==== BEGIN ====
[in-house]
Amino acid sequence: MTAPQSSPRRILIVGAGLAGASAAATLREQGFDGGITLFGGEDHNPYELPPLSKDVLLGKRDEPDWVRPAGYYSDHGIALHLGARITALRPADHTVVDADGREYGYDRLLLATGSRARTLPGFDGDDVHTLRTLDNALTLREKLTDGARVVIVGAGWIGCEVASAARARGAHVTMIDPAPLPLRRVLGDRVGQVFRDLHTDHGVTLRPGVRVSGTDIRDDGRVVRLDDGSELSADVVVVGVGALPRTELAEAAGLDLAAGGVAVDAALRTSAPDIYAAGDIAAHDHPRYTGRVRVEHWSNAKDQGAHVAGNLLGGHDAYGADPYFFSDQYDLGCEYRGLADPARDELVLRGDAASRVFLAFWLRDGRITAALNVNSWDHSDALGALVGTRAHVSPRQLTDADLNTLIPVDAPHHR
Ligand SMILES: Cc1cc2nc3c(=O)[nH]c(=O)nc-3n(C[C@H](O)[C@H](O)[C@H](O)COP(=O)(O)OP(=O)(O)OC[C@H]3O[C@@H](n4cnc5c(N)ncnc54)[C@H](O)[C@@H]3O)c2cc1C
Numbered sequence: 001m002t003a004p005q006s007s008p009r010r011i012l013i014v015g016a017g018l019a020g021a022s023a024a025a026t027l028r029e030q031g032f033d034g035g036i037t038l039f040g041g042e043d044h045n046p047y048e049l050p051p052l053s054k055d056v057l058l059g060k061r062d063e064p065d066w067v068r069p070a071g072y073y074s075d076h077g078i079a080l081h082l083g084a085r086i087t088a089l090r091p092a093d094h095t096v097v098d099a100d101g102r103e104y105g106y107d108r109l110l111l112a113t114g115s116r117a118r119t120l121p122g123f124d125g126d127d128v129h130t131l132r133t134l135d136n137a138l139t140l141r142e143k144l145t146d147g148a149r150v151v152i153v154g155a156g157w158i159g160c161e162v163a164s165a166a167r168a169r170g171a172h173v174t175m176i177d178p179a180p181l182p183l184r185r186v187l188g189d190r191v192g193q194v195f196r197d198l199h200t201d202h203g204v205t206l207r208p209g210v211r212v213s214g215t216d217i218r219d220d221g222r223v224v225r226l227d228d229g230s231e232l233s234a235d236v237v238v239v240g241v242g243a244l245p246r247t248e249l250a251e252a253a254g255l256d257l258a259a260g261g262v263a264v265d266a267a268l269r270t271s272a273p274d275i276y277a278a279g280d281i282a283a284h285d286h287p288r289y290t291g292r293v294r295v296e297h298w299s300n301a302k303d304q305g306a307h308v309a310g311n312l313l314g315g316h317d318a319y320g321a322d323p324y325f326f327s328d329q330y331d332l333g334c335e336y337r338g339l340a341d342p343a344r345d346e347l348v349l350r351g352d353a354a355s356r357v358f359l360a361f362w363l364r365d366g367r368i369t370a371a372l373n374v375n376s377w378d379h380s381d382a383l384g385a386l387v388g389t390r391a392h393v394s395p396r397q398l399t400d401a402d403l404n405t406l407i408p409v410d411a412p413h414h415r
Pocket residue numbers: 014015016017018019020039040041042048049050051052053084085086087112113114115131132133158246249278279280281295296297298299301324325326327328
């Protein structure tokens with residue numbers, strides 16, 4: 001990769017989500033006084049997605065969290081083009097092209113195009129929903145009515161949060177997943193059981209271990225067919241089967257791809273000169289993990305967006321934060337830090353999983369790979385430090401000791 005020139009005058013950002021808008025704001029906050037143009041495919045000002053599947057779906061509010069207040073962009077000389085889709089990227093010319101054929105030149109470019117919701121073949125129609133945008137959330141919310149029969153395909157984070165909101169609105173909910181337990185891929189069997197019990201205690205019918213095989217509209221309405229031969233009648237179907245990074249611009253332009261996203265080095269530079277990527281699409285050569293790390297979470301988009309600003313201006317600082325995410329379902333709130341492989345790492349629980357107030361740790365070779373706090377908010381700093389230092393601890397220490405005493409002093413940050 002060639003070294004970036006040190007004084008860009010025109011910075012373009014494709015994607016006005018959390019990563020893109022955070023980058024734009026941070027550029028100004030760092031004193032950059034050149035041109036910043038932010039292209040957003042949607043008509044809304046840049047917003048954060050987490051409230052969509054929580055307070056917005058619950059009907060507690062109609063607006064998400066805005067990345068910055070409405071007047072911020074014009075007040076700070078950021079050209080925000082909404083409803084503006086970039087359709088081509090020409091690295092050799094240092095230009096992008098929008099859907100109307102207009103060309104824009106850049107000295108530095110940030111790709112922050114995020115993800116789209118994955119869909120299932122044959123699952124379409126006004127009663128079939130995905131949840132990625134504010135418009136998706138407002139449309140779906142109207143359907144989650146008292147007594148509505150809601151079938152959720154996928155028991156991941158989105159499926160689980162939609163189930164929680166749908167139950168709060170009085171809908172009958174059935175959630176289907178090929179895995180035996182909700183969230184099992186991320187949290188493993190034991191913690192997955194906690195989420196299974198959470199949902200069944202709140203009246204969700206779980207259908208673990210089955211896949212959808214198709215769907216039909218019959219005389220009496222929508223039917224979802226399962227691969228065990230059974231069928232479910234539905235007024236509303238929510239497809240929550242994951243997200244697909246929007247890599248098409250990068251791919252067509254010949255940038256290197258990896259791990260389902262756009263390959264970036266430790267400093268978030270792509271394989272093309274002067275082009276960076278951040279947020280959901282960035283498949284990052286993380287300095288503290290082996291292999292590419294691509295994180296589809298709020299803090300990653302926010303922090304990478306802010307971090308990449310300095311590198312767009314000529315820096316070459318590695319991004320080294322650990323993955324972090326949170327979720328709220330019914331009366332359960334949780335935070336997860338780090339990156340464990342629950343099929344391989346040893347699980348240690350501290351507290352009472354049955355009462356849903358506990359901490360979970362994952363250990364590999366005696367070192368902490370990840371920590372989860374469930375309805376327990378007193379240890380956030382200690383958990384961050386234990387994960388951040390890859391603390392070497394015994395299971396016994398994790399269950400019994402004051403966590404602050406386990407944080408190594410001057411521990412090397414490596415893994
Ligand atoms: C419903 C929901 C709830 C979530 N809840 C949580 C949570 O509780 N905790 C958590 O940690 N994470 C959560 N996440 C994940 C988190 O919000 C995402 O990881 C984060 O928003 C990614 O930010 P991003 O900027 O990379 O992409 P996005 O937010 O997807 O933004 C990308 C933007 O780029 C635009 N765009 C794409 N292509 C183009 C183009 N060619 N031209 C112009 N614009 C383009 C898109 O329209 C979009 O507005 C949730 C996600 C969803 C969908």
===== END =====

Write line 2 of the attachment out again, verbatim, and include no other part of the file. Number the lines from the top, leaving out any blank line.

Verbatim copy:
Amino acid sequence: MTAPQSSPRRILIVGAGLAGASAAATLREQGFDGGITLFGGEDHNPYELPPLSKDVLLGKRDEPDWVRPAGYYSDHGIALHLGARITALRPADHTVVDADGREYGYDRLLLATGSRARTLPGFDGDDVHTLRTLDNALTLREKLTDGARVVIVGAGWIGCEVASAARARGAHVTMIDPAPLPLRRVLGDRVGQVFRDLHTDHGVTLRPGVRVSGTDIRDDGRVVRLDDGSELSADVVVVGVGALPRTELAEAAGLDLAAGGVAVDAALRTSAPDIYAAGDIAAHDHPRYTGRVRVEHWSNAKDQGAHVAGNLLGGHDAYGADPYFFSDQYDLGCEYRGLADPARDELVLRGDAASRVFLAFWLRDGRITAALNVNSWDHSDALGALVGTRAHVSPRQLTDADLNTLIPVDAPHHR